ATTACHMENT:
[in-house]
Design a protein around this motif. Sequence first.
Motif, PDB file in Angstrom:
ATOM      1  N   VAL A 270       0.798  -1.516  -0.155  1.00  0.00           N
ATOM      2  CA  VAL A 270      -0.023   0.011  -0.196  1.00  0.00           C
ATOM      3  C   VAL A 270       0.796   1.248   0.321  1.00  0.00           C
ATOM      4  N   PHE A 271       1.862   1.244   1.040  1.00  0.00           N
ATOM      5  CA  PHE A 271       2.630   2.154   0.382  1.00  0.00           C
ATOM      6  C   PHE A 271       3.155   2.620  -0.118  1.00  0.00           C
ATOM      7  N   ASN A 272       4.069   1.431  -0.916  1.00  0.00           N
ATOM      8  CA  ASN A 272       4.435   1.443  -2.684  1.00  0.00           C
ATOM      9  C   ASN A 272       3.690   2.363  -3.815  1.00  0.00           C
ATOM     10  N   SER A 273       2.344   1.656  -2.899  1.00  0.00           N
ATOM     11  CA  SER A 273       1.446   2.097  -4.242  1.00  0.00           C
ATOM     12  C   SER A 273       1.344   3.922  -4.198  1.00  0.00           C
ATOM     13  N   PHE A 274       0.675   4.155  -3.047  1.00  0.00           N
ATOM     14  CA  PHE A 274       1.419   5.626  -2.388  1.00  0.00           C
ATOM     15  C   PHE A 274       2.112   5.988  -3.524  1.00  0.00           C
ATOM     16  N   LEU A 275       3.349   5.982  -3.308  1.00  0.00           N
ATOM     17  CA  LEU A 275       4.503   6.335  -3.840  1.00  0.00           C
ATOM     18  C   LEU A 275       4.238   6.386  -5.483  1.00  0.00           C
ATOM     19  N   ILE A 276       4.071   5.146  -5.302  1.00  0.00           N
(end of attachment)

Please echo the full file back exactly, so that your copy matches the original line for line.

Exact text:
[in-house]
Design a protein around this motif. Sequence first.
Motif, PDB file in Angstrom:
ATOM      1  N   VAL A 270       0.798  -1.516  -0.155  1.00  0.00           N
ATOM      2  CA  VAL A 270      -0.023   0.011  -0.196  1.00  0.00           C
ATOM      3  C   VAL A 270       0.796   1.248   0.321  1.00  0.00           C
ATOM      4  N   PHE A 271       1.862   1.244   1.040  1.00  0.00           N
ATOM      5  CA  PHE A 271       2.630   2.154   0.382  1.00  0.00           C
ATOM      6  C   PHE A 271       3.155   2.620  -0.118  1.00  0.00           C
ATOM      7  N   ASN A 272       4.069   1.431  -0.916  1.00  0.00           N
ATOM      8  CA  ASN A 272       4.435   1.443  -2.684  1.00  0.00           C
ATOM      9  C   ASN A 272       3.690   2.363  -3.815  1.00  0.00           C
ATOM     10  N   SER A 273       2.344   1.656  -2.899  1.00  0.00           N
ATOM     11  CA  SER A 273       1.446   2.097  -4.242  1.00  0.00           C
ATOM     12  C   SER A 273       1.344   3.922  -4.198  1.00  0.00           C
ATOM     13  N   PHE A 274       0.675   4.155  -3.047  1.00  0.00           N
ATOM     14  CA  PHE A 274       1.419   5.626  -2.388  1.00  0.00           C
ATOM     15  C   PHE A 274       2.112   5.988  -3.524  1.00  0.00           C
ATOM     16  N   LEU A 275       3.349   5.982  -3.308  1.00  0.00           N
ATOM     17  CA  LEU A 275       4.503   6.335  -3.840  1.00  0.00           C
ATOM     18  C   LEU A 275       4.238   6.386  -5.483  1.00  0.00           C
ATOM     19  N   ILE A 276       4.071   5.146  -5.302  1.00  0.00           N